I’ve got a video and a photo shot in the same day and same place. But my camera (GoPro Hero 3, 720p) doesn’t allow to customise settings and video is very poor quality. I tried to fix this using curves but couldn’t achieve a good result. What approach should I use to make snow in the first picture to look like a snow in second one? I think if I will understand how to do this with one frame then I will be able to do it with a whole video. But take into account that it is considerably harder to make changes to a part of the video so it must be done with filters applied to a whole picture.
Just perform regular post-processing.
For reference, here is your first picture with all the boarder fluff stripped off:
Simply making the darkest spot black and the lightest white fixes a lot:
The snow looks a little yellowish, so here I'm using one area of the snow that looks like it should be white as the white balance reference. I also brought the dark area up a bit, although that looses a bit of the snow texture:
It's really up to you how dark you want the snowboarder to appear releative to the white snow, and how much texture you want in the snow. I'd probably continue from here by playing with the curve at the high end to get some more snow texture. But anyway, I think this answers your question well enough. Note that what I've done are all very basic and normal post processing manipulations.
For next time, you might want to take a closer look at your manual to figure out how to improve capture. Snow throws off most auto camera settings, and many cameras now have an automatic snow/beach mode to adjust (or at least an exposure adjustment setting), but if you understand what's going on even the basic adjustments available on your camera can be tweaked in your favour.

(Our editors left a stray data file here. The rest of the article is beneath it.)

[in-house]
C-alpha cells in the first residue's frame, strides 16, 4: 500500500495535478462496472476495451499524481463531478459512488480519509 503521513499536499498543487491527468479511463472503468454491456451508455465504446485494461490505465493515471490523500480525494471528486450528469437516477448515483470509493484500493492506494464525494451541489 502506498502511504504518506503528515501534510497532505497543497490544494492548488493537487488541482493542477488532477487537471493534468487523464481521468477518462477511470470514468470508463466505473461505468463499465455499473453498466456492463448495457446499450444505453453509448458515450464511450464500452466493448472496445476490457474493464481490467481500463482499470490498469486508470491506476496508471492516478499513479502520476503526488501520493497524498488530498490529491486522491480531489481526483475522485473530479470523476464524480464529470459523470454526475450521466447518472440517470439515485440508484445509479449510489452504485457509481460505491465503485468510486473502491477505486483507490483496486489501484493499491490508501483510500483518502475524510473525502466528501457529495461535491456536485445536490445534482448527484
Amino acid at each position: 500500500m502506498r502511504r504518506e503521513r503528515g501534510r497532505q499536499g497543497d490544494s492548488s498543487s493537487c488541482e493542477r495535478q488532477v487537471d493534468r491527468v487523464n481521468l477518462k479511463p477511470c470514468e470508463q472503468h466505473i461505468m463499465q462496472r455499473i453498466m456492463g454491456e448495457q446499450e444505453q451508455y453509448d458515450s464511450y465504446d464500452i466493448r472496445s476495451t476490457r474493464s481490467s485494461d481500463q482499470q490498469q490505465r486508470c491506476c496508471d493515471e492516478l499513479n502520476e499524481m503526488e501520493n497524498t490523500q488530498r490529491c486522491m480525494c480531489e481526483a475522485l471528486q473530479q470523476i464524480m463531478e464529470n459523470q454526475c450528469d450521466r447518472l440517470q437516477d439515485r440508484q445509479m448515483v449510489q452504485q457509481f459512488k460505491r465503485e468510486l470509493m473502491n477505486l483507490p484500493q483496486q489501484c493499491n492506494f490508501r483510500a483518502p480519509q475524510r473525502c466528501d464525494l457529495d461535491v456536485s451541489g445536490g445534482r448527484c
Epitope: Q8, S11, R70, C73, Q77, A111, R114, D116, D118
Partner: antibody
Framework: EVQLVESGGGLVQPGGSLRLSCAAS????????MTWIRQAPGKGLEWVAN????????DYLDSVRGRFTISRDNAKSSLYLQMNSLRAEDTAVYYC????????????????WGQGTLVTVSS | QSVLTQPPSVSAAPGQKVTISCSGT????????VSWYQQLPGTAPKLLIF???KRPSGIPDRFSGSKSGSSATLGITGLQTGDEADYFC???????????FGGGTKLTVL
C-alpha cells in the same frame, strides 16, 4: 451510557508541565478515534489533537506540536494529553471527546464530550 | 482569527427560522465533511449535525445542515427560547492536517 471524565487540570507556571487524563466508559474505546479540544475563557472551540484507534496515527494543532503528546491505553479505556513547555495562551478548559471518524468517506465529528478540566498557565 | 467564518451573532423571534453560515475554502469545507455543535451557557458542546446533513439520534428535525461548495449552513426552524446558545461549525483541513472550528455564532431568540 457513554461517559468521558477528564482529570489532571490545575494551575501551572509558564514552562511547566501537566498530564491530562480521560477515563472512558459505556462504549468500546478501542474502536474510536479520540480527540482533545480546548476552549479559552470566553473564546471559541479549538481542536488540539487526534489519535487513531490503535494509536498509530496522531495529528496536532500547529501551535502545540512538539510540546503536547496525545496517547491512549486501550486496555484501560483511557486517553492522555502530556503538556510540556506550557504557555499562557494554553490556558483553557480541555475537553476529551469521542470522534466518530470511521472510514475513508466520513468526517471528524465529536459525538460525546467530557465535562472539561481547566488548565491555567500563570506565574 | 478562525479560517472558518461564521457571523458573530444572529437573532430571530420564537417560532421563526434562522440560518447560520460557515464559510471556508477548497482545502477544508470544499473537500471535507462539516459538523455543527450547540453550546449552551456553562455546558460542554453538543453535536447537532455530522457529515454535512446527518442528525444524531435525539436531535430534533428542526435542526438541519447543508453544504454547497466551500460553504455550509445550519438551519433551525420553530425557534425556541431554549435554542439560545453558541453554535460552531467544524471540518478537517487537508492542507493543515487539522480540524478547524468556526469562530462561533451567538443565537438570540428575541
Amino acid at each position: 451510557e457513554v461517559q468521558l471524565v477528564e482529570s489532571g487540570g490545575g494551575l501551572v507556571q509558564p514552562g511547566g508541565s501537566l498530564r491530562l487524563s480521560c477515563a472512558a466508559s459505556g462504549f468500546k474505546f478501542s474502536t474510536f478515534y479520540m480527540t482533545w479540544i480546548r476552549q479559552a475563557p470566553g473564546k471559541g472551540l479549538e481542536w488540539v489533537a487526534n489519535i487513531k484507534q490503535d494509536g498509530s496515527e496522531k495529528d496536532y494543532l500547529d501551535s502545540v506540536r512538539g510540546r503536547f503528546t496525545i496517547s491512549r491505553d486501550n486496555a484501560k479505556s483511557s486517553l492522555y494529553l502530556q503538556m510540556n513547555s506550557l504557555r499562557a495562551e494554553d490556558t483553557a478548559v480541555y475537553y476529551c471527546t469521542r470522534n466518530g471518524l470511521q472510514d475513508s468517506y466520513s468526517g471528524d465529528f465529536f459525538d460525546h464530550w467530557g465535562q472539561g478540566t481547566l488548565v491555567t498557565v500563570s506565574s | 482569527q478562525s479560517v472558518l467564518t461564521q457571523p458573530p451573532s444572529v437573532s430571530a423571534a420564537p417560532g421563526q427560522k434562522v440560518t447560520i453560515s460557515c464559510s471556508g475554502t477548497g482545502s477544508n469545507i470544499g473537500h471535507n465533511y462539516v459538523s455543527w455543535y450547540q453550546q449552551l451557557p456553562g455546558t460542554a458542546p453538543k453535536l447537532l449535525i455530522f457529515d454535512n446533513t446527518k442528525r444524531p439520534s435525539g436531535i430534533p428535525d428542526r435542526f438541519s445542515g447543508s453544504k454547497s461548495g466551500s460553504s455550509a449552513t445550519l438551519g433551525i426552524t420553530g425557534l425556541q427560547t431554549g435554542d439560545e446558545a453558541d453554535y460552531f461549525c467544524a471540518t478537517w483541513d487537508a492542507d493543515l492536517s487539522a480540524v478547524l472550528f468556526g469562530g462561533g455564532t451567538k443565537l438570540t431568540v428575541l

It looks like the relevant settings are in your "Capture Settings" menu (p.32 in the manual).
You probably want to turn on "Spot metering" (p33 in the manual). That will set the exposure (brightness) based on the specific object you're focusing on, not based on the overall brightness. So if you're focusing on someone in a dark snowsuit against a field of white, the bright background will have less of an impact on the exposure. How big a difference this makes will depend on how precise their "spot" is, and how much of that is taken up by dark objects versus snow and sky.
You might also want to turn on the "Protunes" mode (p36 in the manual) to access the white balance setting (p38). Set the white balance to Daylight/5500K for a sunny day, or cool white/6500K for a cloudy day.